for qiter in qdict['questions']:
qtemp = Question(qiter['block'], qiter['qid'], qiter['prompt'], qiter['answers'], qiter['correctans'],


Some of the variables can be easily named better:

• btemp -> block
• qtemp -> question

### The Pythonic way

if not BLOCK:
self.block = None
else:
self.block = BLOCK


Probably this is good enough:

self.block = BLOCK


if studAns == self.correct:
tempans['gotRight'] = True
else:
tempans['gotRight'] = False


You can use boolean expressions directly:

tempans['gotRight'] = studAns == self.correct

• The number of parameters in Question constructor is too long (>=3) which is a code smell. – CodeYogi Oct 8 '15 at 15:28

I have more experience with Python than OOP so I'm going to focus a bit more on what makes your code Pythonic, espeically since janos already answered on that a bit.

Try to separate out the single line summary of your docstring with a blank line, it's more readable and used in some automated parsers.

"""A single question with a unique correct answer.

Attributes:
block: string or None; string if this question belongs to block of
questions, where the string is unique identifier for that block.


Using variable names in all caps is usually reserved for constants. You should make these lowercase instead. block wont clash with self.block, but if you insist on different names then don't use caps to delineate.

You could change your if check to a ternary, this is a debatable improvement but I like using them in cases like this:

              # value1  statement   value2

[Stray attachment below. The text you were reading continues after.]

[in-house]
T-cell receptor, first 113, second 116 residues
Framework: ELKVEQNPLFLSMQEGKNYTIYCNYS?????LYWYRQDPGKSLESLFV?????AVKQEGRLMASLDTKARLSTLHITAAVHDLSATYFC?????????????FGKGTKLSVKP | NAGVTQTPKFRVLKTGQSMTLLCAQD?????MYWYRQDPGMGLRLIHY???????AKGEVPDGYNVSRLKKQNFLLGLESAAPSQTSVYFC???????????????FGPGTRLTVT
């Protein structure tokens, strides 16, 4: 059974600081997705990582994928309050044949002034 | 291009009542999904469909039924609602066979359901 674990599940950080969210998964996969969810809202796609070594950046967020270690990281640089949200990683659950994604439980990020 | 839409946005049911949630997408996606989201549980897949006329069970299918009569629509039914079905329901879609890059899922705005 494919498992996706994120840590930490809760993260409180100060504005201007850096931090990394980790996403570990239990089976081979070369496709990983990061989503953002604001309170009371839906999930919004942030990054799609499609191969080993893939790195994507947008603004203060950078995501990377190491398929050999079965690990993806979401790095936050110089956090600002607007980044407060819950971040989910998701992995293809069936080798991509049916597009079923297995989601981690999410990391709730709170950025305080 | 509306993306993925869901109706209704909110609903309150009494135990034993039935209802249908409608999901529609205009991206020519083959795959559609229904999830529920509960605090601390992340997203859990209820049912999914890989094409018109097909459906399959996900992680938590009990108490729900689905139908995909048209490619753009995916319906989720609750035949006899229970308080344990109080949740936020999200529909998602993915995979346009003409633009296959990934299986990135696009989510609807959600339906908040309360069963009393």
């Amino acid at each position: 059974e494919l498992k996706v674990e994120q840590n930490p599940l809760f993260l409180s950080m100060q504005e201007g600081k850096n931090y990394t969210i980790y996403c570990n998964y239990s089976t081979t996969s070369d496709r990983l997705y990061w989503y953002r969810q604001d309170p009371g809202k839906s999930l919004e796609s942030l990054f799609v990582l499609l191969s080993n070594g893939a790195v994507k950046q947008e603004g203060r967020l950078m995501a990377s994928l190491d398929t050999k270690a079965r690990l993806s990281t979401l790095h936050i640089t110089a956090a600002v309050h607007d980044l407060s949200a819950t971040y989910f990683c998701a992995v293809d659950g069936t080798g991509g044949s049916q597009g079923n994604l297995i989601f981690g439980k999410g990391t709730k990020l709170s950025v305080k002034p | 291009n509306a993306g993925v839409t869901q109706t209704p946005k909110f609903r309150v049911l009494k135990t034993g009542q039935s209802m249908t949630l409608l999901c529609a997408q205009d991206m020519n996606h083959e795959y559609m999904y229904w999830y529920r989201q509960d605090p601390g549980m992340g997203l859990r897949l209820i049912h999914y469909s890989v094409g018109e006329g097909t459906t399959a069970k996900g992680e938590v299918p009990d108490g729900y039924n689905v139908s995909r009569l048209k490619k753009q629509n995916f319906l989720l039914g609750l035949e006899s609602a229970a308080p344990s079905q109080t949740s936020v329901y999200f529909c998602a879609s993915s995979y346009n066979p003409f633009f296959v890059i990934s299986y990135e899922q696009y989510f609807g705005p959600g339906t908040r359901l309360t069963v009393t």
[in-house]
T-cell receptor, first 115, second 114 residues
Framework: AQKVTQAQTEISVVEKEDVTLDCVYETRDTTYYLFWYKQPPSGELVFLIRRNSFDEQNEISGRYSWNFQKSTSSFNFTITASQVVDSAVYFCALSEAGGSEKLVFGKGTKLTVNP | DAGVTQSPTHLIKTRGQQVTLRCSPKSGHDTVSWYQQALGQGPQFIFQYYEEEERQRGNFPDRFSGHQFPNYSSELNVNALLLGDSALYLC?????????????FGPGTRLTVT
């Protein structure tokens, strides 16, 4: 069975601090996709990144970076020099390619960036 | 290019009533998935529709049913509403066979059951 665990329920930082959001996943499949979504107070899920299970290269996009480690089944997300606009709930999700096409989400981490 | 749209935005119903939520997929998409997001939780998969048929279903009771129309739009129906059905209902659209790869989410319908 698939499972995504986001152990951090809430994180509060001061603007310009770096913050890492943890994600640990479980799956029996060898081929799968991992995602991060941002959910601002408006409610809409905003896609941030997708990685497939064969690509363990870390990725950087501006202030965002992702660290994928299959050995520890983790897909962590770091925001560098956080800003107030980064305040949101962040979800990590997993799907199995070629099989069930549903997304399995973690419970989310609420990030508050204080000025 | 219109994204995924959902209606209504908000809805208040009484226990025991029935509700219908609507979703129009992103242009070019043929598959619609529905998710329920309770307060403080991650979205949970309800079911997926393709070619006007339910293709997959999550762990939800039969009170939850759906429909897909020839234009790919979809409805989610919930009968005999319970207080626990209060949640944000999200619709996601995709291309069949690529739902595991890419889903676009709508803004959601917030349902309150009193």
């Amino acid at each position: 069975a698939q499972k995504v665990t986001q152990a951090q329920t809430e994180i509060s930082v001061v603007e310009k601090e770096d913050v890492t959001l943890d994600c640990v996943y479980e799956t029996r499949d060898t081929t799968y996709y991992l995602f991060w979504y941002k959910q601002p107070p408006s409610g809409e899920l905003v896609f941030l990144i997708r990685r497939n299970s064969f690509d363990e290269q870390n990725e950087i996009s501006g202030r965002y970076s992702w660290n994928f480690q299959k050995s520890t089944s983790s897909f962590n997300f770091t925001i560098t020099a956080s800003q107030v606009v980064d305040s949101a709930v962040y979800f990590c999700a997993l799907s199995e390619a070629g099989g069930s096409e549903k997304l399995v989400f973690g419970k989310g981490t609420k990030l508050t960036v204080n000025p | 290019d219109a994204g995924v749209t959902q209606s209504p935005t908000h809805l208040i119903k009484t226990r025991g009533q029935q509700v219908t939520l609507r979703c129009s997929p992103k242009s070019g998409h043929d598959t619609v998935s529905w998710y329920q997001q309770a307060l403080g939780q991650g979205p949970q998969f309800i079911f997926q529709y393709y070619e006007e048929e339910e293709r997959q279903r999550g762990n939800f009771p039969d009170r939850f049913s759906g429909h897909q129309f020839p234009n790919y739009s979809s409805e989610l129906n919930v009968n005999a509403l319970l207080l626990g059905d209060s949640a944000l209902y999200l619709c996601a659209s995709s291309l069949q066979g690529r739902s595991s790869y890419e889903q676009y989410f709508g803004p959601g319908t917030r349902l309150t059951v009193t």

self.block = block if block else None


It evaluates as value1 if statement == True, otherwise it evaluates as value2.

ask and ans are good clean functions. I'd recommend adding brief docstrings clarifying the data they return. And just use the name answer. Shortening for 3 letters is rarely worth the slight clarity loss.

In grade, you could set tempans['getRight'] to just equal the expression you're using to test. It's easier to read because it's clear that the value gets set directly to that expression.

def grade(self, studAns):
tempans = self.ans()
tempans['gotRight'] = studAns == self.correct
return tempans


I'm going to contradict janos here, but Python doesn't care much for getters and setters. It's Pythonic to access attributes directly. So if you want to get the value of some_question's block attribute, just read it with some_question.block. You can do the same with setting it too, just set some_question.block = some_value. If you really want to make a value private and inaccessible outside the class, the common style is add an underscore to the start of the name (ie. _block). That doesn't affect how it works, but signals to another coder that you don't want it accessed externally.

Python operates on the idea that it shouldn't restrict you to using getters and setters, instead letting you do what you want. So you may as well operate within those boundaries because it's complicated to actually enforce any kind of private variable system in Python.

Of course the exception to this is if you ever need to adjust data before returning/assigning it. Or if you need to validate values before setting them to attributes. In these cases it makes perfect sense, but it's entirely unnecessary to use functions for plain getters and setters in Python.

Also with dictRepr, you should name it dict_repr as the Python naming convention is snake_case, not camelCase. That said, I'd name it something other than repr as that seems similar to the common function name __repr__. Use dict_format instead perhaps?